Workers' rights when employers change their job duties

Written by sharon harleigh
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Workers' rights when employers change their job duties
Employees have limited legal rights with regard to their job duties and titles in the workplace. (professional image by Andrey Kiselev from Fotolia.com)

An employee's job duties or job title are subject to change in today's workplace. An employee's only recourse, absent legally actionable circumstances, is to either tolerate the situation or find another job with duties more aligned with their original position. Short of legal violations against the employee, an employer has the ultimate right to control and therefore change the workplace and employees' positions at will.

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Change in job duties: Change in pay

An employer may change an employee's job duties without increasing the employee's salary. Employees may request an increase in salary, particularly if the job duties are significantly greater in terms of hours or responsibility. However, the employee does not have the legal right to an increase in salary, and the employer is within their right to turn down the request for a salary increase.

Workers' rights when employers change their job duties
Don't expect a raise with a change in job duties. (professional image by Leticia Wilson from Fotolia.com)

Change in title

An employer may change an employee's job title at any time without legal repercussions. A job title is not guaranteed to the employee, and an employer may alter or remove a title from an employee at any time as long as it is not for an illegal reason, such as retaliation against whistle-blowing or related to age, race, religion, gender or sexual preference.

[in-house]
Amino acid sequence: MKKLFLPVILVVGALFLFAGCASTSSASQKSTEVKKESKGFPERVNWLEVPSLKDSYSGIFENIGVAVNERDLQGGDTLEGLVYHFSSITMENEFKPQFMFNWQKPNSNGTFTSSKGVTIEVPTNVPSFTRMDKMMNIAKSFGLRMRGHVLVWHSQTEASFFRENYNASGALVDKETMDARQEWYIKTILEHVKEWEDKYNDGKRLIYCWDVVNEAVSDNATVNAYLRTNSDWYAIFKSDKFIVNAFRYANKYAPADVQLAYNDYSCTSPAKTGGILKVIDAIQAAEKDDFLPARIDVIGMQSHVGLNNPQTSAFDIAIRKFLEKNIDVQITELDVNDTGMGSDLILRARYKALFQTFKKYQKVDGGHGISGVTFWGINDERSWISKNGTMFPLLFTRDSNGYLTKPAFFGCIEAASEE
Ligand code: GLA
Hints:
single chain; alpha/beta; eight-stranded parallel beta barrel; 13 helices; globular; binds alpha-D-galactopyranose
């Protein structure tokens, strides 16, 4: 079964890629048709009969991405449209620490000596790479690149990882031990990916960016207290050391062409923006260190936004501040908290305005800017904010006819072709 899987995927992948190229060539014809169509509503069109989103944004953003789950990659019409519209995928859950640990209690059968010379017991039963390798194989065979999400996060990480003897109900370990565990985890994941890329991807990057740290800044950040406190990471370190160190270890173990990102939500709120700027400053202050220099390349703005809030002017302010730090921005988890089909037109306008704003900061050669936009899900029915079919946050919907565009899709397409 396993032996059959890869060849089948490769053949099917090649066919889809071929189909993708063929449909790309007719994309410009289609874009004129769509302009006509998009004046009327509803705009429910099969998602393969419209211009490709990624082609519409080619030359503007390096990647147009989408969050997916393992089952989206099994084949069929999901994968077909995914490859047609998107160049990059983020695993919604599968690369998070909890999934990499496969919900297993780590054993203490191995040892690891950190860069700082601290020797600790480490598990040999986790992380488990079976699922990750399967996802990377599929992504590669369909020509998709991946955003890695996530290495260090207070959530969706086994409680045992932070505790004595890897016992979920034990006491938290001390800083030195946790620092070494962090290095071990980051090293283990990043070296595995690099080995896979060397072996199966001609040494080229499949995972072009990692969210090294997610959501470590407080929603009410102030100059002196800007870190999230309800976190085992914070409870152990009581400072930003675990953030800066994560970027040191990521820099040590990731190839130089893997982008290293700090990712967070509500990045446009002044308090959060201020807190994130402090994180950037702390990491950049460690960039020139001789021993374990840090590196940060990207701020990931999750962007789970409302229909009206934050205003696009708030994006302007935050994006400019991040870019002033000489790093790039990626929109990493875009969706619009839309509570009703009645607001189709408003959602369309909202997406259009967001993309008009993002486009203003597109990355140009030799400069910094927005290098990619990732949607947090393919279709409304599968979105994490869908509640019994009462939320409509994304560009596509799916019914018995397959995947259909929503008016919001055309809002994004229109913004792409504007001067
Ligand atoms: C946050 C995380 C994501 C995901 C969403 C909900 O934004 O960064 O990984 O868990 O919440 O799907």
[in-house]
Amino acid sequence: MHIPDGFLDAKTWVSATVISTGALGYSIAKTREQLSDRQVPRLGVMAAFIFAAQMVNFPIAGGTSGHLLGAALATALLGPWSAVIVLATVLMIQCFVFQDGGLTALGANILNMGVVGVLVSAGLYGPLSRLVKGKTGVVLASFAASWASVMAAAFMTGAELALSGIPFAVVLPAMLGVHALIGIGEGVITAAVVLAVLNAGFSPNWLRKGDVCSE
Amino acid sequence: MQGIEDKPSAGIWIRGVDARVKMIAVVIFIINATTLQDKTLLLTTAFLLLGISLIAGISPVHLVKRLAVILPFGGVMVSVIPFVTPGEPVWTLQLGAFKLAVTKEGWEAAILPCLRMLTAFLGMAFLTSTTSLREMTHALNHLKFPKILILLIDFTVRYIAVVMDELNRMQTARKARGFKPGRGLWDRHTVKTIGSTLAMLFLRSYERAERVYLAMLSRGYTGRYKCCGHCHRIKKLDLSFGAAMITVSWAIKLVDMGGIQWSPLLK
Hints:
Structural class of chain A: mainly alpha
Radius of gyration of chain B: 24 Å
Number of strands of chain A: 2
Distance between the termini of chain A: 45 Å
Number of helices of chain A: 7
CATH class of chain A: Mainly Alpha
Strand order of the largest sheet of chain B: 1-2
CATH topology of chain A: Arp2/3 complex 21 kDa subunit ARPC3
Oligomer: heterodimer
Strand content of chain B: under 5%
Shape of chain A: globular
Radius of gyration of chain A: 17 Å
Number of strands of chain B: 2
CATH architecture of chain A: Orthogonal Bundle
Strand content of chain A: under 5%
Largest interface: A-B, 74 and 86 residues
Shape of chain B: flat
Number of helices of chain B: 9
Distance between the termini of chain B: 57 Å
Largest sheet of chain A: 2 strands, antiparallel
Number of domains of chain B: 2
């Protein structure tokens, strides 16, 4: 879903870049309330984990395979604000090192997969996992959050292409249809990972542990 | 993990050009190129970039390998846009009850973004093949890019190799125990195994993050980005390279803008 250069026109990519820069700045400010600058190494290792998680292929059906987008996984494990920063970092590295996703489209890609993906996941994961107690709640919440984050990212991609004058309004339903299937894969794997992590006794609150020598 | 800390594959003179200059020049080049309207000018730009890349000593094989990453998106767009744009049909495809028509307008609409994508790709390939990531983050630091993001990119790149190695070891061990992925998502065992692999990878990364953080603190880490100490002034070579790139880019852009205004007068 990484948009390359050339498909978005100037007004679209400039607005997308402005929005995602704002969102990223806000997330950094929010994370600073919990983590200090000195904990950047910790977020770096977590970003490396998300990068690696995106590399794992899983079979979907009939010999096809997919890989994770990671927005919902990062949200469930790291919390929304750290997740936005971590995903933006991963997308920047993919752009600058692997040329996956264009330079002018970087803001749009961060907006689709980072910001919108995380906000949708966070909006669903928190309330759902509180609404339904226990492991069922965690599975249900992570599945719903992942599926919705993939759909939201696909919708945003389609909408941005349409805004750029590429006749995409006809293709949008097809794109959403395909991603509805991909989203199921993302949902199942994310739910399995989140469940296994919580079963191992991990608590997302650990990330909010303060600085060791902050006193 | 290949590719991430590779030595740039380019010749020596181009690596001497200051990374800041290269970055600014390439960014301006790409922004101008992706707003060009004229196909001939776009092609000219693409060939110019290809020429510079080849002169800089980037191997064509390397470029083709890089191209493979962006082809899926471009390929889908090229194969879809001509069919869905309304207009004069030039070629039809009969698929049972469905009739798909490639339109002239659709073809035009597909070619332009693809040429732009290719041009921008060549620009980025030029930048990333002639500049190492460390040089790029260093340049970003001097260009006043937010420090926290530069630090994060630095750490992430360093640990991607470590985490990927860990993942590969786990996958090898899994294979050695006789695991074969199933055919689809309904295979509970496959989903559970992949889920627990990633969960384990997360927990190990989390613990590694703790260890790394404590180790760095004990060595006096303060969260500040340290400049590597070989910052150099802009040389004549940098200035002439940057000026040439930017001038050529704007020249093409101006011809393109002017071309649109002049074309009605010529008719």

Workers' rights when employers change their job duties
An employee has no established right to a specific job title. (professional woman image by nutech21 from Fotolia.com)

Employees' rights

There are certain limited circumstances in which a change in job duties can be actionable by an employee. If the change in job duties can be clearly shown to be caused by an illegal reason, such as protected status (i.e., age, race, gender, religion or sexual orientation), the employee may be able to show sufficient cause why the change in job duties was not appropriate or within the rights of the employer. However, absent sufficient cause, an employer has the ultimate determining right to assign job duties and change them at will.

Workers' rights when employers change their job duties
Job duties cannot be changed based upon protected status. (female image by Tormod Rossavik from Fotolia.com)

FMLA

Under the Family Medical Leave Act, an employee who becomes ill or who has an immediate family member who becomes ill and requires care has the right to return to their job position and duties as they left it. This is one of the few exceptions to the employer's right to change job duties at will. An employee's right to return to their job duties and their specific employment position, as they left it before taking medical leave under FMLA, has been upheld in court as a protected right. An employer cannot change the employee's job duties while they are on this type of medical leave. This does not mean that an employer cannot change an employee's job duties if the employee is absent on regular medical leave, such as for a flu or injury.

Workers' rights when employers change their job duties
Days off due to a common cold are not considered a protected leave of absence. (sick woman image by forca from Fotolia.com)

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